The circumstances surrounding Lowden's testimony in the instant case are unlike the situation where a prosecutor, knowing a witness will refuse to answer on self-incrimination grounds, persists in calling the witness in order to have the jury hear his refusal to answer. See, United States v. Maloney, 262 F.2d 535 (2 Cir. 1959); Fletcher v. United States, 332 F.2d 724 (D.C.Cir. 1964); but compare, United States v. Hiss, 185 F.2d 822 (2 Cir. 1950). Here, as indicated, Lowden, even after consulting with counsel, answered many questions addressed to him, refused to answer some on the grounds of self-incrimination, refused to answer other questions with such explanations as "I would rather not answer that", "I could not give you any exact reason for that", "I do not just want to be a witness against Frank or for the defense", "I just don't want to testify", and "it might incriminate Frank Smith and then I refuse to do so." Every indication in the record supports the prosecutor's claim of surprise at Lowden's refusal to answer certain questions. There is no basis for concluding the prosecutor knew, prior to the witness' appearance on the stand, that he would be a hostile witness for the state. The prosecutor had no way of knowing to which questions the witness would respond and, therefore, was justified in probing the witness in cross-examination. In handling a difficult witness who after consulting with counsel, vacillates between hostility and cooperation, a prosecutor's "minor lapses through a long *896 trial" are somewhat understandable and not such errors as should be regarded as constitutional deprivations of the petitioner's fundamental rights to a fair trial. United States v. Hiss, supra.

Even assuming arguendo the prosecutor persisted in questioning Lowden in the face of consistent refusals to answer, such questioning would not assume constitutional dimensions. In Namet v. United States, 373 U.S. 179, 83 S. Ct. 1151, 10 L. Ed. 2d 278 (1963), the Supreme Court pointed out that a prosecutor's questions to two witnesses, which he knew would not be answered on self-incrimination grounds, did not present "constitutional issues of any kind." 373 U.S. at 185, 83 S. Ct. 1151.

g) The Springer Testimony

In fourteen counts[12] of the petition, petitioner asserts in substance that the prosecutor knowingly used the perjured testimony of one Edith Springer at the trial.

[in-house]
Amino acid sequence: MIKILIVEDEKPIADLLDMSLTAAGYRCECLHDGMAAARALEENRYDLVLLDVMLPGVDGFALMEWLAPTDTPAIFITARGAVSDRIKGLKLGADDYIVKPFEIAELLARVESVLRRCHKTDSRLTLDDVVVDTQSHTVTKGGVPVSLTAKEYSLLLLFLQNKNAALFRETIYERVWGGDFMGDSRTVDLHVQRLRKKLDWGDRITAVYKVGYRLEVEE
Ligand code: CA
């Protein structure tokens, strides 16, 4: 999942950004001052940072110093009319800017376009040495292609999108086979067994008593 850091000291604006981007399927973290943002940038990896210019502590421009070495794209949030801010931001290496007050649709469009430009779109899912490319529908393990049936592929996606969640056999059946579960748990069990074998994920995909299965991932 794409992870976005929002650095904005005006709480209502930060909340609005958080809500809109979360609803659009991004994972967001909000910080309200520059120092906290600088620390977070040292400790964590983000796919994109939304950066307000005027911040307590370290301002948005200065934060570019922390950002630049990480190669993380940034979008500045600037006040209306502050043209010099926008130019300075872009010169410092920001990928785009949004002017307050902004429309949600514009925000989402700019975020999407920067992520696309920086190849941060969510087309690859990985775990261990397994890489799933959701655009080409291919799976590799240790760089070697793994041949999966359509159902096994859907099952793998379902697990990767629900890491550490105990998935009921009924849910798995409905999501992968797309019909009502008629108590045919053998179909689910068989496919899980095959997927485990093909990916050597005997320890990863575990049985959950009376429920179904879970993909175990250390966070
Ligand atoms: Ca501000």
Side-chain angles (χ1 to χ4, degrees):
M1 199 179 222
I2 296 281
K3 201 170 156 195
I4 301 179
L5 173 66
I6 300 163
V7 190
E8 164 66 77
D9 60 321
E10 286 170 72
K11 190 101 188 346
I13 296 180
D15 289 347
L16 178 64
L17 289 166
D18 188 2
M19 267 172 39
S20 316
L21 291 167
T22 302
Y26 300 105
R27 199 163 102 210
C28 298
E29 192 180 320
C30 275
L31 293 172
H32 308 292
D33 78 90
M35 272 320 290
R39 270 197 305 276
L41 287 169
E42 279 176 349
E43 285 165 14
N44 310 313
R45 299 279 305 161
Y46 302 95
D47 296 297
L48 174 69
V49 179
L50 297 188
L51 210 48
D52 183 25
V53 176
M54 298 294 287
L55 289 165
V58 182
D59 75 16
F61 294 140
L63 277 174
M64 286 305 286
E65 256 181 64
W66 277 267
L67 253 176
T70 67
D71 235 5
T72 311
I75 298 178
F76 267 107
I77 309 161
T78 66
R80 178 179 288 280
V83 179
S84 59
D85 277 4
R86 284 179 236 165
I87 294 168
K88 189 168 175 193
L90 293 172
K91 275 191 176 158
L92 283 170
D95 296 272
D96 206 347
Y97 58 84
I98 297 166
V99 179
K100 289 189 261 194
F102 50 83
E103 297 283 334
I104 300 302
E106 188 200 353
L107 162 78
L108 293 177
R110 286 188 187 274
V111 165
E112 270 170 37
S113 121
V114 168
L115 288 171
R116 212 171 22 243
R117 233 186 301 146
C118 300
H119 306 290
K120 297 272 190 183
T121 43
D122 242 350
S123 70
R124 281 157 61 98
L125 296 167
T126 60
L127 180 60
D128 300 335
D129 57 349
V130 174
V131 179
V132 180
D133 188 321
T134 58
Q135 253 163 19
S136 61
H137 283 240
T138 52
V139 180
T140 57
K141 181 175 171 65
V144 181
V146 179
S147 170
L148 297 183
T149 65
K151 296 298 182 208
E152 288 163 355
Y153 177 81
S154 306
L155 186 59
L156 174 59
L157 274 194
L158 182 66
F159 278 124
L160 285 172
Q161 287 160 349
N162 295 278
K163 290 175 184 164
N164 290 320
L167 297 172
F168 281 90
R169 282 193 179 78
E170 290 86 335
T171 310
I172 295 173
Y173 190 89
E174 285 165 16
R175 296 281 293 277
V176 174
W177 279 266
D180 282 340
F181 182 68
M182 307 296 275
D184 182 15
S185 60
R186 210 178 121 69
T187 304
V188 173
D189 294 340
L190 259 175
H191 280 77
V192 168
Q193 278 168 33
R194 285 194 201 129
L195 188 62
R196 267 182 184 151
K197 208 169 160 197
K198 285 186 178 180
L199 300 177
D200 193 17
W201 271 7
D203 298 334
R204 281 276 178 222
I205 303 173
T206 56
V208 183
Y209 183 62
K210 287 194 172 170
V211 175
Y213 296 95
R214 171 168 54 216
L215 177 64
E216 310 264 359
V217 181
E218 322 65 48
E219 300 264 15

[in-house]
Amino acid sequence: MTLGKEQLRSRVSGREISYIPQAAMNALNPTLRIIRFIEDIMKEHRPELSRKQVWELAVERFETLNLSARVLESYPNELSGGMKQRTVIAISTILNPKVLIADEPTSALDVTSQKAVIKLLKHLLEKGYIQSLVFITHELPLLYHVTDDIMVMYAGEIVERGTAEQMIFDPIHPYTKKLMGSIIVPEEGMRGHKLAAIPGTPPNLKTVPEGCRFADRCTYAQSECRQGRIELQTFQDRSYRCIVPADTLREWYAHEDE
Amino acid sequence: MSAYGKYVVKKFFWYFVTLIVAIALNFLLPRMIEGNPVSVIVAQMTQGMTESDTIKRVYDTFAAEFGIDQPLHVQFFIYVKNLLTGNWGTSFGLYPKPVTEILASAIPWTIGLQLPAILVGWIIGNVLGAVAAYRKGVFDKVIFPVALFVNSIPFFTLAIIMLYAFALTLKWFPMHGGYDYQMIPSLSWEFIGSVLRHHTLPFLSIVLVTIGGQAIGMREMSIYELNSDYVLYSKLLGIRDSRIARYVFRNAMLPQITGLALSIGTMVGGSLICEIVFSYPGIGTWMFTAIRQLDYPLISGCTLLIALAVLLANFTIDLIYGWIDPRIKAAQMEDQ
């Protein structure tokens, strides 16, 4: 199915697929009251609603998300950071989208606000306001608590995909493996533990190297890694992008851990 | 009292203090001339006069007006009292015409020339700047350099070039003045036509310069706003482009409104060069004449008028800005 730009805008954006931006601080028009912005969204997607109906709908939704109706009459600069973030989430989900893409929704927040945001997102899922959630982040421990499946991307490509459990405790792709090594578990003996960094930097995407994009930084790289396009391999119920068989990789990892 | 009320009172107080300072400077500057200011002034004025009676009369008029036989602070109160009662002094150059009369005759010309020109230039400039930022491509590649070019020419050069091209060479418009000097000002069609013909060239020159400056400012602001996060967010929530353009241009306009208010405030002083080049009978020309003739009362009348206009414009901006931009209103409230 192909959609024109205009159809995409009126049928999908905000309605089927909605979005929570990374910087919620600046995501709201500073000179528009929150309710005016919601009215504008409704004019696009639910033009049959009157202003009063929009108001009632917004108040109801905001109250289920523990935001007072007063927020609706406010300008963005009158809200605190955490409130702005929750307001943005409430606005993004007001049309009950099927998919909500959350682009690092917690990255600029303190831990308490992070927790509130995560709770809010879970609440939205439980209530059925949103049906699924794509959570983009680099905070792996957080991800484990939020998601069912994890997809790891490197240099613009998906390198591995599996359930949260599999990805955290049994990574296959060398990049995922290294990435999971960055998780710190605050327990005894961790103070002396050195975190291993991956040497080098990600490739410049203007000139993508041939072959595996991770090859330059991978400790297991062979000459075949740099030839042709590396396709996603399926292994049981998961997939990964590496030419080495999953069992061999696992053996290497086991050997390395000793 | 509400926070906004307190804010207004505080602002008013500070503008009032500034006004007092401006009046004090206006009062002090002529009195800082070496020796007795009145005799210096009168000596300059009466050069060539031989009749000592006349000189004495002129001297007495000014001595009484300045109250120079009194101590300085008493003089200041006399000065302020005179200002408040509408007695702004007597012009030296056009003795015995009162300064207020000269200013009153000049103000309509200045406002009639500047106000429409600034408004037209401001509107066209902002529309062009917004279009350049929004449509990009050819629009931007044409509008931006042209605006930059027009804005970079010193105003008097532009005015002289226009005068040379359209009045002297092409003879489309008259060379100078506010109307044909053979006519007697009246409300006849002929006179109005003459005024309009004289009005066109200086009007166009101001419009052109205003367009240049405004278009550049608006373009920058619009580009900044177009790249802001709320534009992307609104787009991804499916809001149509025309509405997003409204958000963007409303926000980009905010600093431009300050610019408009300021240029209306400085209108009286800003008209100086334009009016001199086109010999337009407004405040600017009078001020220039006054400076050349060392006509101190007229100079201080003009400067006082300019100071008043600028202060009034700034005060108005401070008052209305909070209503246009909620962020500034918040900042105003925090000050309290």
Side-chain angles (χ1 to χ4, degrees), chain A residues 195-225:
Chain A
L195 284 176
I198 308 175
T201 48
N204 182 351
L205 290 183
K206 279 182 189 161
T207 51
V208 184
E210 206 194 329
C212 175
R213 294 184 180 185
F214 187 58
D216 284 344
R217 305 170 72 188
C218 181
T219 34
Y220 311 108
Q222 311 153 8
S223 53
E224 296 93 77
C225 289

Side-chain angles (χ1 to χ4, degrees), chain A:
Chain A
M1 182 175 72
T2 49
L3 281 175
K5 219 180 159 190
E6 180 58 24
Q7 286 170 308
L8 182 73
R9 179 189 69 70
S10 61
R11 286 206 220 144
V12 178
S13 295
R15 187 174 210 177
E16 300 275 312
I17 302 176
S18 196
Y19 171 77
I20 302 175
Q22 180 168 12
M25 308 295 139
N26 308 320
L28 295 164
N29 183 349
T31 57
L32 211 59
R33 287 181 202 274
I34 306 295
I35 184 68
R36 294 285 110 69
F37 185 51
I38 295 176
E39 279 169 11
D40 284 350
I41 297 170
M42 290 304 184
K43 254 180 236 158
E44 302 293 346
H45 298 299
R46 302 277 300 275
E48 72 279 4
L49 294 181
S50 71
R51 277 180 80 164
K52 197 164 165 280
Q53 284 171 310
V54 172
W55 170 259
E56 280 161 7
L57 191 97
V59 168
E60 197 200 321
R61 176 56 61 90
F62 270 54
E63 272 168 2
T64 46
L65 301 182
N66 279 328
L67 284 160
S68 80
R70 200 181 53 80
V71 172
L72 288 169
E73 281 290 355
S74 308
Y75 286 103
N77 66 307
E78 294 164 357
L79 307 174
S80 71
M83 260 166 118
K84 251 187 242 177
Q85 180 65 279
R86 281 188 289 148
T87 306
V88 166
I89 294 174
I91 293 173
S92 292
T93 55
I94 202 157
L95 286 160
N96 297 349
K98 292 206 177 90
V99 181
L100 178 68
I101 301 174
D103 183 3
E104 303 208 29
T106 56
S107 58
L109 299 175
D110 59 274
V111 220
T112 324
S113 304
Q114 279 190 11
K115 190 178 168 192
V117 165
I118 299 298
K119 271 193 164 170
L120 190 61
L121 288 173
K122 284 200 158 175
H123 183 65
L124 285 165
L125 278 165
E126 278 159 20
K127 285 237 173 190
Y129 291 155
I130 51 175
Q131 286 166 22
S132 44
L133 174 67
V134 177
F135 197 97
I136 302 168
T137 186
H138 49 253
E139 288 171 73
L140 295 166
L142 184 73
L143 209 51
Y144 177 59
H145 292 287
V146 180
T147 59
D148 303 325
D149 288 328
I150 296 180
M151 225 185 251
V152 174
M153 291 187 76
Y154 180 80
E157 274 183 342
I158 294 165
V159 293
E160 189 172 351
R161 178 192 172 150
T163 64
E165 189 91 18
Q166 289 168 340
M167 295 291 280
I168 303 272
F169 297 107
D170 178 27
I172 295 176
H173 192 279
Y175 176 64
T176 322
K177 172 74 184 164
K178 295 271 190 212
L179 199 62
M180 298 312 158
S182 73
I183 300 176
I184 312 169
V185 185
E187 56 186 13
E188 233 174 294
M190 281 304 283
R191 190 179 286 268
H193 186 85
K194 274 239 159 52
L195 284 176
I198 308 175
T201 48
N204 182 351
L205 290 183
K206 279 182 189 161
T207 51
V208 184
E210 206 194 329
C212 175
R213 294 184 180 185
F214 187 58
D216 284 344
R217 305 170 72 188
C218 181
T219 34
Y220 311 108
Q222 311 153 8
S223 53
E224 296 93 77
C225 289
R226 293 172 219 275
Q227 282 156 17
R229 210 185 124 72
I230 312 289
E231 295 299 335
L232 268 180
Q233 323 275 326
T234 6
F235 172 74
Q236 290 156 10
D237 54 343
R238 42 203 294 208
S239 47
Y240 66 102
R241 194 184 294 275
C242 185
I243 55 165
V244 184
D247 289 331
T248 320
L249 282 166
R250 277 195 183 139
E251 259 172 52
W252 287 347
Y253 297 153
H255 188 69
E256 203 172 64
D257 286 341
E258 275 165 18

At petitioner's trial Miss Springer was called as a witness for the state.[13] She testified that she had been out with the petitioner on a number of occasions prior to the time of the killing, and on each of these occasions the petitioner had been driving a gray Cadillac automobile. Furthermore she testified that she had seen license plates number SS-404 on the Cadillac on one occasion, and at a later time she had seen license plates number SL-513 on the same car. It had previously been established at the trial that the Fried Cadillac found containing the items stolen from the scene of the killing had been registered with license plates number SS-404.

Over a year after petitioner's conviction Miss Springer wrote to a judge of the Superior Court from her place of incarceration in an Alabama prison, informing him that she had perjured herself at petitioner's trial and in effect recanting her entire testimony. At a later deposition hearing Miss Springer reaffirmed her recantation under oath.[14]

On the basis of this recantation petitioner applied for a new trial. His petition was denied after a full hearing and the denial affirmed on appeal. Smith v. State, 139 Conn. 249, 93 A.2d 296 (1952).

At the hearing before this Court petitioner introduced Miss Springer's deposition in which she recanted her testimony at the trial and admitted to perjury. Respondent offered no evidence to refute this recantation other than the record of petitioner's trial.[15] However, the trial judge, who denied Smith a new trial, did hear the testimony of six witnesses in rebuttal to the Springer recantation and, on appeal, the Supreme Court of Errors concluded "we would reach the same result if we had to decide the case on the merits." 139 Conn. at 253, 93 A.2d at 298. This Court finds the petitioner failed to sustain his burden of proof that the Springer testimony at trial was perjured.